Did you know that moisturizer with sunscreen in it still only gives you 2 hours of sun protection?
Did you know sunscreen sticks are easy, quick ways to reapply, especially on the hands and for kids’ faces?
Did you know that when the average person applies a sunscreen with an SPF 30, they are actually getting an SPF 16? That’s due to the amount that we put on.
SPF stands for Sun Protection Factor and is how we measure the protection from the sun’s UVB rays. We recommend staying over 30 SPF.
You’ll also want to make sure your sunscreen is “broad spectrum” — meaning it protects from both UVA and UVB rays. An easy way to distinguish the two is UVA(ging) and UVB(urning). Both rays have overlapping effects (i.e. both can cause premature aging), but UVA rays are mostly responsible for fine lines and dark spots, while UVB rays play the most significant role in producing skin cancers and sunburns.
The Different Types of Sunscreen
There are two main types of sunscreen: physical (aka mineral) and chemical. Both absorb the sun’s UV rays to help prevent skin damage, but physical also reflects some UV rays.
What Actually is “Reef-Safe”?
Most importantly, it means not a spray. Aerosol sprays are not reef friendly. Secondly, it means no ingredients like oxybenzone, homosalate, octinoxate, nanoparticles, or octocrylene. Unfortunately, entire brands can call themselves “reef-safe” but then contain reef-unsafe ingredients, so please don’t judge by that label 😡. You cannot go by brand; you need to check the actual ingredient list.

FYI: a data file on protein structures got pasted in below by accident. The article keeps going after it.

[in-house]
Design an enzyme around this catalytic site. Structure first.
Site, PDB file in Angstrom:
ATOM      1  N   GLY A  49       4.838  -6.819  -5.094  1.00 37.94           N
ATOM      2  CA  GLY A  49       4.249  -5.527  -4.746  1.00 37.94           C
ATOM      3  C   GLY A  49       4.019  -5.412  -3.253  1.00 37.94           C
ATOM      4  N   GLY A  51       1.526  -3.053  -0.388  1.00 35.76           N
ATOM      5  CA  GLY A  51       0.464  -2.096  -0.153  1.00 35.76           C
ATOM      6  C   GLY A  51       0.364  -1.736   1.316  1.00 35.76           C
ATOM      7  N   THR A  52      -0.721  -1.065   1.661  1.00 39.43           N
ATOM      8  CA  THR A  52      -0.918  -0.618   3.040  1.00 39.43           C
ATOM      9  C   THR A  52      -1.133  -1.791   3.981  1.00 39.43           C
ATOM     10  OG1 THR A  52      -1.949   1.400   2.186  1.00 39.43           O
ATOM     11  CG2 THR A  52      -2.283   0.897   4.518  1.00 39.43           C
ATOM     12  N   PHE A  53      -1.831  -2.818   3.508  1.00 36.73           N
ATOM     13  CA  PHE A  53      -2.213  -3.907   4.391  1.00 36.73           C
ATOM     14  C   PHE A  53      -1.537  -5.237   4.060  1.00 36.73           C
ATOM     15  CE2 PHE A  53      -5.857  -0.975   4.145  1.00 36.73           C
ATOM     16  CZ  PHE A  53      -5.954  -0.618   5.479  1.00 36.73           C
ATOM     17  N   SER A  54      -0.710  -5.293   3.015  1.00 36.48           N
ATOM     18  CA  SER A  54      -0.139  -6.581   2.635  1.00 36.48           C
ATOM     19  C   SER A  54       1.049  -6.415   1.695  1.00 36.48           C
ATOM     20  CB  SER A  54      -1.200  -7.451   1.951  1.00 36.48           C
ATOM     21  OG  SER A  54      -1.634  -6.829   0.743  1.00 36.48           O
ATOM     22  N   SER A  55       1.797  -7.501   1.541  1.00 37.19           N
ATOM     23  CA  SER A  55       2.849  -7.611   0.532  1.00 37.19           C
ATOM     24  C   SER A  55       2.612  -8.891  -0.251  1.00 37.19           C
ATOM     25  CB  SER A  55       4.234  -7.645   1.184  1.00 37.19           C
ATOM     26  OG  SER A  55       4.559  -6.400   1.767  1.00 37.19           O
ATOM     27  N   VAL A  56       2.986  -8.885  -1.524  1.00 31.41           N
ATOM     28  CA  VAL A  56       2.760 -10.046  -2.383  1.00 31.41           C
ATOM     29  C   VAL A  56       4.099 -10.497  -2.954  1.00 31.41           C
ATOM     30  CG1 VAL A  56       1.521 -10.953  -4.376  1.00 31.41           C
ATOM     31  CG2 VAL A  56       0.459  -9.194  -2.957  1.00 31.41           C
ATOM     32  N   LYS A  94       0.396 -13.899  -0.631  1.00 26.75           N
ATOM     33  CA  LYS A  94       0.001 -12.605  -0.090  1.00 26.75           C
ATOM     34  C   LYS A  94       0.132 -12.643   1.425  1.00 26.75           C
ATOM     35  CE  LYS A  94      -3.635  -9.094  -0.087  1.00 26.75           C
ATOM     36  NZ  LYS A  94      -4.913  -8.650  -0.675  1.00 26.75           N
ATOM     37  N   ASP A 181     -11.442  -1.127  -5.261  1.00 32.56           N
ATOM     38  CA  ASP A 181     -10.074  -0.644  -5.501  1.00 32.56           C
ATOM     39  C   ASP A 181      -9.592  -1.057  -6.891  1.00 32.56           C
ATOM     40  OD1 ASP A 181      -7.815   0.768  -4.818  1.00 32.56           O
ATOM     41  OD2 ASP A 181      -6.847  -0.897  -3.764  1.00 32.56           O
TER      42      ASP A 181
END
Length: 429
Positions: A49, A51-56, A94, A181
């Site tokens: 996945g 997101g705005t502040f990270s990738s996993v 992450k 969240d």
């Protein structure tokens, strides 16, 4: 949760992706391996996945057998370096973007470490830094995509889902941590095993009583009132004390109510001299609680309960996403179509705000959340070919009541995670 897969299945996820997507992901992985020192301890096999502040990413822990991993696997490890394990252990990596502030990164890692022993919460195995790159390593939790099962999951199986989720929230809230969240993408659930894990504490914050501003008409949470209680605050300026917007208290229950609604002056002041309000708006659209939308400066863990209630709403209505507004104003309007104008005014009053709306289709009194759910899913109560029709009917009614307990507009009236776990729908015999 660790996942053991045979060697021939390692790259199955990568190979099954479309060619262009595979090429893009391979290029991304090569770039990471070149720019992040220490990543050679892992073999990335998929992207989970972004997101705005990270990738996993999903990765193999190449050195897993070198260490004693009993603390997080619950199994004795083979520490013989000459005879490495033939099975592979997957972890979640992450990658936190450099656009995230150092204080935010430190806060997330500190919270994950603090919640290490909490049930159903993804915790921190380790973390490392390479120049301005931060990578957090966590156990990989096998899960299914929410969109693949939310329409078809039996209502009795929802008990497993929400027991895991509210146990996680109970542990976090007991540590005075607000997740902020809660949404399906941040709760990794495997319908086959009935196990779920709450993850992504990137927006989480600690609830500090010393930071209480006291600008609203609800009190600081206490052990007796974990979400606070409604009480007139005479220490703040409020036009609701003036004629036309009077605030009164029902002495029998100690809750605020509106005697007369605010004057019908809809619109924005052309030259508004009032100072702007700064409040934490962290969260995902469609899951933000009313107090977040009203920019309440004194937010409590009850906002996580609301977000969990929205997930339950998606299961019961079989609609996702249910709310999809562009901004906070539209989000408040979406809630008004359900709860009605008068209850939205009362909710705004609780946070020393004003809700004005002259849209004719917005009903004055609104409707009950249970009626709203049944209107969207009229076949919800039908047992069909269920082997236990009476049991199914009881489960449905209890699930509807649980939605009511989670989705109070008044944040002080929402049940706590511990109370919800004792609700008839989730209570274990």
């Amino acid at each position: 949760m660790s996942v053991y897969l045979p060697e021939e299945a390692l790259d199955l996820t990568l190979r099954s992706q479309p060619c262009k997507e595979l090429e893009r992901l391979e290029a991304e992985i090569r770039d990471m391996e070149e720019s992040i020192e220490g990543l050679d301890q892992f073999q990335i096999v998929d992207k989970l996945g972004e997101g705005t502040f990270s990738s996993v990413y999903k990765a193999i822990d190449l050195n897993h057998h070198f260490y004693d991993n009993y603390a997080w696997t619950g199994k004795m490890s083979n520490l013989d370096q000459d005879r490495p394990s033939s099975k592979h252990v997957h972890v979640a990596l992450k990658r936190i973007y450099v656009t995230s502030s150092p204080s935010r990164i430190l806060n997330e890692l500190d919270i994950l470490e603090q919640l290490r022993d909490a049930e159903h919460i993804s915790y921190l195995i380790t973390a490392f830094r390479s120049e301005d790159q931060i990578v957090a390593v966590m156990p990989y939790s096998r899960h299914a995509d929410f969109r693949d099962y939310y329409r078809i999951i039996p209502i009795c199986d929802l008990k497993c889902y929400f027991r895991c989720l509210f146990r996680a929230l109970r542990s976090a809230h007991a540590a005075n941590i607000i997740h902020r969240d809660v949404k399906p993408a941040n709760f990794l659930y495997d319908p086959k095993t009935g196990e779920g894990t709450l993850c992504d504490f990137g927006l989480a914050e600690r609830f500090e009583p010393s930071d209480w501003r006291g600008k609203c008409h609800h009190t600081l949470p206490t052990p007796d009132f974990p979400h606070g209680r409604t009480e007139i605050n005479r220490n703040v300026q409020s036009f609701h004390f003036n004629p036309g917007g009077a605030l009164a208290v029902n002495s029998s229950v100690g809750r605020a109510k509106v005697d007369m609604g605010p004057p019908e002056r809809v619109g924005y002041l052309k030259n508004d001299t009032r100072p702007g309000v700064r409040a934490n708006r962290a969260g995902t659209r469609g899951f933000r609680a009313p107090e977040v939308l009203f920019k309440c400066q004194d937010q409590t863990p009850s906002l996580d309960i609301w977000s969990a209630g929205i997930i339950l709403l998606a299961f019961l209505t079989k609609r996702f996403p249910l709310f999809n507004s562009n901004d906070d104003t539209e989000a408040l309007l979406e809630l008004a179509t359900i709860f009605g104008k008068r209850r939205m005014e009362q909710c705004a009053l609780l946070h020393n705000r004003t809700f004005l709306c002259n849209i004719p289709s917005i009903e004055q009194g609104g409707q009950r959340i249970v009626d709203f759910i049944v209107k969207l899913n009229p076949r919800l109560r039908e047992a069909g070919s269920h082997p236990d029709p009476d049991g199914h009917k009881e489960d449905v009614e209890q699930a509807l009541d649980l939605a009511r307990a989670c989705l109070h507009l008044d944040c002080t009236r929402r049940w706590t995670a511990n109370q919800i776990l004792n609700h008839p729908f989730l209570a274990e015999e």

Let’s not forget about other ways of staying sun-safe, including wearing protective clothing (such as a wide-brimmed hat 👒, sunglasses 🕶, long-sleeve shirt, and SPF clothing) and seeking shade (especially between the hours of 10 a.m. and 4 p.m.).
The best sunscreen for you is the one you’ll want to wear each and every day. Some sunscreens may blend into your skin tone better (tinted or not tinted), you may like the scent (or no scent) of some more than others, and so on. But rest assured; there is a perfect pick for you.
Everyone under the sun should wear sunscreen — no matter your skin tone. Generally speaking, you’ll need one-half a teaspoon of sunscreen, or two finger lengths long, for your face and neck and one ounce (a shot-glass-full) for your entire body. Because sunscreens naturally break down over time, we recommend reapplying every two hours and even more frequently if you’re doing something that will make sunscreen break down faster, like swimming or sweating. Plus, the best practice is to apply sunscreen 15 minutes prior to sun exposure.